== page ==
Anglo American’s De Beers said Thursday it had completed the acquisition of Peregrine Diamonds, the company behind the Chidliak project in the Canadian territory of Nunavut, as the world’s largest roughs producer by value needs to replace its closing mines in the country.
The C$107 million-deal ($82m), announced in July, extends De Beer’s footprint in Canada’s frozen north beyond the Gahcho Kué joint-venture, which recently achieved full production.
Diamond giant has gained the Chidliak diamond project in Canada, which hosts at least 74 kimberlites, eight of which are potentially economic.
The Chidliak resource, discovered in 2008, is located on Baffin Island about 120km from Iqaluit, the capital of Nunavut. The asset hosts at least 74 kimberlites (eight of which are potentially economic) and has an inferred resource of 22-million carats, but needs about Cdn$455m to come online.
“We are very pleased to complete the addition of the Chidliak resource to De Beers Group’s world-leading diamond resource portfolio, and to extend our presence in Canada,” chief executive Bruce Cleave said in the statement.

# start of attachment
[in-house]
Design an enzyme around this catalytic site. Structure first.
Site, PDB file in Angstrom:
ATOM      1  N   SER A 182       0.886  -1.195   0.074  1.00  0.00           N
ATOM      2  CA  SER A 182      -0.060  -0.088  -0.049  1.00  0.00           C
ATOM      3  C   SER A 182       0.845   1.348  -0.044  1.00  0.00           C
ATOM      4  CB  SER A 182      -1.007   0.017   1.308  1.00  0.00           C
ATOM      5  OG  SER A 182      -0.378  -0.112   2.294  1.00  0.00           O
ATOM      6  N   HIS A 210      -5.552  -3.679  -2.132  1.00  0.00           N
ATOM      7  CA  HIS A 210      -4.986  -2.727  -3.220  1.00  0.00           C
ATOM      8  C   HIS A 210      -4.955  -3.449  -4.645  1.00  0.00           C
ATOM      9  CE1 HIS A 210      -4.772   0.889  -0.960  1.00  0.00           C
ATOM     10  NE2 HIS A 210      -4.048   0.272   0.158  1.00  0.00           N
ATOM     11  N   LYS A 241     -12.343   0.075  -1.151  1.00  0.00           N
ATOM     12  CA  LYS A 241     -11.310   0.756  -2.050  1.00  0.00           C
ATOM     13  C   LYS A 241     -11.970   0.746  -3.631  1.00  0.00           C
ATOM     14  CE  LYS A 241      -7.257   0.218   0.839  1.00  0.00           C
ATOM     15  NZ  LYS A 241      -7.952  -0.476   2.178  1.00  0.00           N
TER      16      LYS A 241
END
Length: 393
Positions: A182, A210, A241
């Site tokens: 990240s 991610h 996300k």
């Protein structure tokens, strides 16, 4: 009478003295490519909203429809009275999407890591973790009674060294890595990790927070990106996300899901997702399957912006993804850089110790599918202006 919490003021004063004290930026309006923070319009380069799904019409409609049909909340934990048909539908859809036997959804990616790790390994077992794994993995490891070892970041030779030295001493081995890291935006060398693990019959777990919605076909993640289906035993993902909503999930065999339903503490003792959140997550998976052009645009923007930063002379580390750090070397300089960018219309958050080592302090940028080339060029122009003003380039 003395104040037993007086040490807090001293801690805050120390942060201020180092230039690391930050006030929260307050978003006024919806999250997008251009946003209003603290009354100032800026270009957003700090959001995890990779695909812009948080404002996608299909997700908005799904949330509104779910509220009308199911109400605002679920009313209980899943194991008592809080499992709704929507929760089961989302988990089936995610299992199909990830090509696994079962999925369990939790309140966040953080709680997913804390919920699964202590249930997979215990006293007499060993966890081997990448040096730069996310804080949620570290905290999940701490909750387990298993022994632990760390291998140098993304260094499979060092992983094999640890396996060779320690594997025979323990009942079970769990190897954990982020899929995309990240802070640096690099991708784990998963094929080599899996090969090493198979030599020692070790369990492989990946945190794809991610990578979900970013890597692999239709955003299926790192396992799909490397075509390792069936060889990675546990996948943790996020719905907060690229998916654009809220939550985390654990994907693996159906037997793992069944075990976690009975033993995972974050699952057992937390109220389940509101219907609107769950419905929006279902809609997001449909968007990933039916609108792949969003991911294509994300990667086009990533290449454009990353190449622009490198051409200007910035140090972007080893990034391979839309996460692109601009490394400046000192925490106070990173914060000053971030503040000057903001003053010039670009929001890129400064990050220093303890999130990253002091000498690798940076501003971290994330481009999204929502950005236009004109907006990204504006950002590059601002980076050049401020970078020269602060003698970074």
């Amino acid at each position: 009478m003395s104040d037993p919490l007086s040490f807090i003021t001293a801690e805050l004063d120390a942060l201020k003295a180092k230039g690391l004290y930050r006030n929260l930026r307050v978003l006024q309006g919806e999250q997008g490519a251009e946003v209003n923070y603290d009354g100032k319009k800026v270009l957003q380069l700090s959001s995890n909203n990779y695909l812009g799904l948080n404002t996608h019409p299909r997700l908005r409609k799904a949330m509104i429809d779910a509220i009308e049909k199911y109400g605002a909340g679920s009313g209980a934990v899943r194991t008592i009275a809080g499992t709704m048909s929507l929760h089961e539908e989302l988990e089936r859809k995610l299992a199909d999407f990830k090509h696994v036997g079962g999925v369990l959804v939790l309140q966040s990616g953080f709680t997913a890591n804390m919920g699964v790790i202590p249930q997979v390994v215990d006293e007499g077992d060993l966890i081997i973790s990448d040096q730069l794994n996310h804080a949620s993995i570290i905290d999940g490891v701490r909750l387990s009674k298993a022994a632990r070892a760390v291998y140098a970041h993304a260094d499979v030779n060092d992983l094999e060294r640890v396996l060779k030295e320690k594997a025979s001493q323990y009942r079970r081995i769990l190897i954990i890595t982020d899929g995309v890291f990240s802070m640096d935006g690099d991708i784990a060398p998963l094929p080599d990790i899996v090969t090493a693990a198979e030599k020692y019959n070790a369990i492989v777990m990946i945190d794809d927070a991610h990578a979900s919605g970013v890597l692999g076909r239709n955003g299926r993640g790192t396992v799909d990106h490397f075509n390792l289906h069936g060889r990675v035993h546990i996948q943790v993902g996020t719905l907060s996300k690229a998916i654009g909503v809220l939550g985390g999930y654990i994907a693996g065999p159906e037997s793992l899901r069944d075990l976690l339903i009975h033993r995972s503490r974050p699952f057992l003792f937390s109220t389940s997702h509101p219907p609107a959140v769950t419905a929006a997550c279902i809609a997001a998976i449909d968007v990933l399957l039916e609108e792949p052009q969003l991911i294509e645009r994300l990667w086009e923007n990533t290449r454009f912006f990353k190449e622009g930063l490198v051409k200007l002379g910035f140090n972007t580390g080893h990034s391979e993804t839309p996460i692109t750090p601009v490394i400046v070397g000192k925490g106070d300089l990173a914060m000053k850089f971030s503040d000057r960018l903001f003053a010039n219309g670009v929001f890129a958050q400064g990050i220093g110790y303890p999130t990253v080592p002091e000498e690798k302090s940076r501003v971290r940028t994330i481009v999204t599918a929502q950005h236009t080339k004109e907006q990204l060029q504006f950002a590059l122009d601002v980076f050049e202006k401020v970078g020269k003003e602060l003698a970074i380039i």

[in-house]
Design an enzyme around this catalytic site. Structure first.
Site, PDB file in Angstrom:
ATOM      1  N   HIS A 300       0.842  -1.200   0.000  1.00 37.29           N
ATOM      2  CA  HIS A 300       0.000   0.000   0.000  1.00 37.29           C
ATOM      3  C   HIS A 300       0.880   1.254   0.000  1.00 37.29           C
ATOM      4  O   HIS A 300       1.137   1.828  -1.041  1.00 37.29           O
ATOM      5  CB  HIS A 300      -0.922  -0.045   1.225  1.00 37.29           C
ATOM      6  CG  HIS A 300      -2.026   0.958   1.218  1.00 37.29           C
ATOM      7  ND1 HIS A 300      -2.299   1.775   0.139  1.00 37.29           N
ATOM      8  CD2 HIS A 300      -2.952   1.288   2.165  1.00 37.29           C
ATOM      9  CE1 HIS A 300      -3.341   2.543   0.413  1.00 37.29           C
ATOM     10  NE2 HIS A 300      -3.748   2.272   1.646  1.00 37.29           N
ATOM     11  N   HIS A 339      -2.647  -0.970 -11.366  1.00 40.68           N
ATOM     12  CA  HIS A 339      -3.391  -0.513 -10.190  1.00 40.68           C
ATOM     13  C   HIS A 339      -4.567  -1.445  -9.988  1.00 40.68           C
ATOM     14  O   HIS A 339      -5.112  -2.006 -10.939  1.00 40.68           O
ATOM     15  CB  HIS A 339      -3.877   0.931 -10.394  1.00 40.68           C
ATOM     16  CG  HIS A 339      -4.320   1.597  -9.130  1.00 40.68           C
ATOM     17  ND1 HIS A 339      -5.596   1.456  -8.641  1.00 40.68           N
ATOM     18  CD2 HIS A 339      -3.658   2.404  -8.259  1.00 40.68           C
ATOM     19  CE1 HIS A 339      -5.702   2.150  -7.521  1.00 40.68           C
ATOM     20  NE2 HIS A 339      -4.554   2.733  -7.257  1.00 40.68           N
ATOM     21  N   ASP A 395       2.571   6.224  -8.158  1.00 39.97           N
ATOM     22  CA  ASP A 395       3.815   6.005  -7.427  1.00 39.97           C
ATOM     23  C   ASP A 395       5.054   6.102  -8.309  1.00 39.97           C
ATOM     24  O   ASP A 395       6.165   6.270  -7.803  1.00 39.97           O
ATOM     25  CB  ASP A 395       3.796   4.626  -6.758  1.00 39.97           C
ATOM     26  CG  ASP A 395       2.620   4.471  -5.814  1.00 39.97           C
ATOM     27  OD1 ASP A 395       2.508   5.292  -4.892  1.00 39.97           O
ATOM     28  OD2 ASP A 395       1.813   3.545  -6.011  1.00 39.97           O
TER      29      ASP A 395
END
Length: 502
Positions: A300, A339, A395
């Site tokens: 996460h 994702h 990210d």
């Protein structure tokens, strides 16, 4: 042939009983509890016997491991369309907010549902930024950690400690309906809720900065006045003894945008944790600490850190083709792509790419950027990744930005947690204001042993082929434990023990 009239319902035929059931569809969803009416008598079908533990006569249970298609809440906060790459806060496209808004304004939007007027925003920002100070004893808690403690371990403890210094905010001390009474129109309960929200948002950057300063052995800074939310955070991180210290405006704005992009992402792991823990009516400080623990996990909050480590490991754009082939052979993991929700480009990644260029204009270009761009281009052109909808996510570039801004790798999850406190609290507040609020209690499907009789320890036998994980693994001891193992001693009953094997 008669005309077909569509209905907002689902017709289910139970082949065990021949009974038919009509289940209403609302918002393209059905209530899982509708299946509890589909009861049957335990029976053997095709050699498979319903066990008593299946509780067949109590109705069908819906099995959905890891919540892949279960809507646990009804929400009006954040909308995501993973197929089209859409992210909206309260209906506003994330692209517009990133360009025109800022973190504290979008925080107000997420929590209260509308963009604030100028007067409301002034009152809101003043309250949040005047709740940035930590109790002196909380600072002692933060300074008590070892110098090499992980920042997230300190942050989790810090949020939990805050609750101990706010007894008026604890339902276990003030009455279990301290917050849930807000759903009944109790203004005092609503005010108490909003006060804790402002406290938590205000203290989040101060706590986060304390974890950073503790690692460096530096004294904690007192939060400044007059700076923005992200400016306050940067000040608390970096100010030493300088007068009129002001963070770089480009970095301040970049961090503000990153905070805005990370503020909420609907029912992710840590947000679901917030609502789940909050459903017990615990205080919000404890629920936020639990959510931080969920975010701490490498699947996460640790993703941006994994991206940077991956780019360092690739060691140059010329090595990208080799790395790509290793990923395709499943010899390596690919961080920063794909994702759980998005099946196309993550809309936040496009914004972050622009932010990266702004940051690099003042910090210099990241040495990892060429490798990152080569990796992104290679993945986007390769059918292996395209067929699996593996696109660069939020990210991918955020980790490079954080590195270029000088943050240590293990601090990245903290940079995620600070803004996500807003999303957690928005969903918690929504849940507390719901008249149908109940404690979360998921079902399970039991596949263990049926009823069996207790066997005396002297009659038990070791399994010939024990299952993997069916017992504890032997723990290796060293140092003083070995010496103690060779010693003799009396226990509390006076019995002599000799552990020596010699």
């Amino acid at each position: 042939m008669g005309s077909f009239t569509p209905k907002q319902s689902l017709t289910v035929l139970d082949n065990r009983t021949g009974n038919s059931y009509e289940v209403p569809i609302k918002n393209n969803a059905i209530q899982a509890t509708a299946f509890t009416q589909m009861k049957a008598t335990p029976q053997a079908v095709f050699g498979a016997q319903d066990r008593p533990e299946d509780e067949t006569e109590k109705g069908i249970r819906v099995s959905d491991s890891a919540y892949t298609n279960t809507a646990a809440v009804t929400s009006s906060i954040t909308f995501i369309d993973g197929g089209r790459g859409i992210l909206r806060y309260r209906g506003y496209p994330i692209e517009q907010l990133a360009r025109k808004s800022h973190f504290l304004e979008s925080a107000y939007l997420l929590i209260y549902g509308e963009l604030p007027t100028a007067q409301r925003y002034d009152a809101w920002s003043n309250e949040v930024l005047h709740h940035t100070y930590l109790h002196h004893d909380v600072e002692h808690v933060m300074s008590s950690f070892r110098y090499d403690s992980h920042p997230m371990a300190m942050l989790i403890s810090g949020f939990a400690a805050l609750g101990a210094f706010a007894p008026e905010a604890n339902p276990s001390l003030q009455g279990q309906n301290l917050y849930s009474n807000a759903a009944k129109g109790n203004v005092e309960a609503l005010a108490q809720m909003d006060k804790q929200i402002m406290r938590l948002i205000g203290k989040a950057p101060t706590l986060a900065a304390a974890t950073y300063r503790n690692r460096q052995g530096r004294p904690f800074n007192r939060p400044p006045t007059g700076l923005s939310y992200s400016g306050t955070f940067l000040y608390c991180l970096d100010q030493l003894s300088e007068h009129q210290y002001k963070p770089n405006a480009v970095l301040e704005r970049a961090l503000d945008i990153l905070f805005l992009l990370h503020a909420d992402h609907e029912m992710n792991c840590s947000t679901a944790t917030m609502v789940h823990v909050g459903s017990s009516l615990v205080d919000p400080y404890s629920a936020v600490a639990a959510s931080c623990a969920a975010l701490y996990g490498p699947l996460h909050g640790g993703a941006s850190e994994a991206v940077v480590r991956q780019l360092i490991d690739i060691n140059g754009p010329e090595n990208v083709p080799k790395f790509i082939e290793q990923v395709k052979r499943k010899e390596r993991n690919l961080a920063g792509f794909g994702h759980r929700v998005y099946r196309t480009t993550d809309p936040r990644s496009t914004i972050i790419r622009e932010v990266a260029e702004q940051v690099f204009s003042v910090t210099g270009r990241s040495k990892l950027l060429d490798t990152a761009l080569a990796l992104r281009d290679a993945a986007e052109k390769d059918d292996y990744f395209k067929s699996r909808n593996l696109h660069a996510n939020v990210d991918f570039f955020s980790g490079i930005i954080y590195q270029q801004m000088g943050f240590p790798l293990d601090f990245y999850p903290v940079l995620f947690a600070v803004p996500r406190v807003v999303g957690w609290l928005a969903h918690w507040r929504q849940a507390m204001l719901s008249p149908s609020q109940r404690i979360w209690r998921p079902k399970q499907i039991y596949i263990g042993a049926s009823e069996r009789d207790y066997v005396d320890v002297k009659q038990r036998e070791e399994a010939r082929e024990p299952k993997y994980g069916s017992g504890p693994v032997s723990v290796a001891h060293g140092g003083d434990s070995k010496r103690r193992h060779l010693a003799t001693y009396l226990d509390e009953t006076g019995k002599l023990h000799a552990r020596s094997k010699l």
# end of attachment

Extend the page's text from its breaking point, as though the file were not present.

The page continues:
Based on studies by Peregrine, Chidliak would take 2.2 years to pay back its capital and have pre-tax cash flow of Cdn$2bn over its 13-year life of mine.
Peregrine Diamonds was founded by Eric Friedland, brother of mining legend Robert Friedland, who was involved in the development of assets such the Oyu Tolgoi copper mine in Mongolia and Voisey’s Bay nickel mine in Canada.
Canada produces about 10% of world’s overall diamond output by volume and about 15% by value. The country has historically provided De Beers leverage when it negotiates sales rights with host governments in southern Africa, especially Botswana, where the diamond giant has its two largest mines.